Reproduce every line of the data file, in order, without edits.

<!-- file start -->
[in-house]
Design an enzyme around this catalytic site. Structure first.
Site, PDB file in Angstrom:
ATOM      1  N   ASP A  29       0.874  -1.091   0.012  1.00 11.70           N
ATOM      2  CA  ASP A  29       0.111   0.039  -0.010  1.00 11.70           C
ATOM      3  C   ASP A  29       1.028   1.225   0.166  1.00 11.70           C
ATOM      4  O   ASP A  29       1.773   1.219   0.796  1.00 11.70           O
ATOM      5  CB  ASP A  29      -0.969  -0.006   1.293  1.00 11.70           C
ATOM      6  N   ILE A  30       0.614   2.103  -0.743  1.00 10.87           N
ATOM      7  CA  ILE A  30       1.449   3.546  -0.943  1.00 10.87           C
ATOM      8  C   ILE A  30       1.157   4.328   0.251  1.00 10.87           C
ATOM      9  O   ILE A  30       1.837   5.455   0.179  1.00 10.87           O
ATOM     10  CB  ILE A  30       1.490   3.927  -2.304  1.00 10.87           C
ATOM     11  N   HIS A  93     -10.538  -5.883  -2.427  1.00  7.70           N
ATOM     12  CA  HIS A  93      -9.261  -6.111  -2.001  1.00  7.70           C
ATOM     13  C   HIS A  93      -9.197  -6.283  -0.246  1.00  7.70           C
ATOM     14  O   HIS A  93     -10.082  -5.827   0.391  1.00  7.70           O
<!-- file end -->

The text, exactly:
[in-house]
Design an enzyme around this catalytic site. Structure first.
Site, PDB file in Angstrom:
ATOM      1  N   ASP A  29       0.874  -1.091   0.012  1.00 11.70           N
ATOM      2  CA  ASP A  29       0.111   0.039  -0.010  1.00 11.70           C
ATOM      3  C   ASP A  29       1.028   1.225   0.166  1.00 11.70           C
ATOM      4  O   ASP A  29       1.773   1.219   0.796  1.00 11.70           O
ATOM      5  CB  ASP A  29      -0.969  -0.006   1.293  1.00 11.70           C
ATOM      6  N   ILE A  30       0.614   2.103  -0.743  1.00 10.87           N
ATOM      7  CA  ILE A  30       1.449   3.546  -0.943  1.00 10.87           C
ATOM      8  C   ILE A  30       1.157   4.328   0.251  1.00 10.87           C
ATOM      9  O   ILE A  30       1.837   5.455   0.179  1.00 10.87           O
ATOM     10  CB  ILE A  30       1.490   3.927  -2.304  1.00 10.87           C
ATOM     11  N   HIS A  93     -10.538  -5.883  -2.427  1.00  7.70           N
ATOM     12  CA  HIS A  93      -9.261  -6.111  -2.001  1.00  7.70           C
ATOM     13  C   HIS A  93      -9.197  -6.283  -0.246  1.00  7.70           C
ATOM     14  O   HIS A  93     -10.082  -5.827   0.391  1.00  7.70           O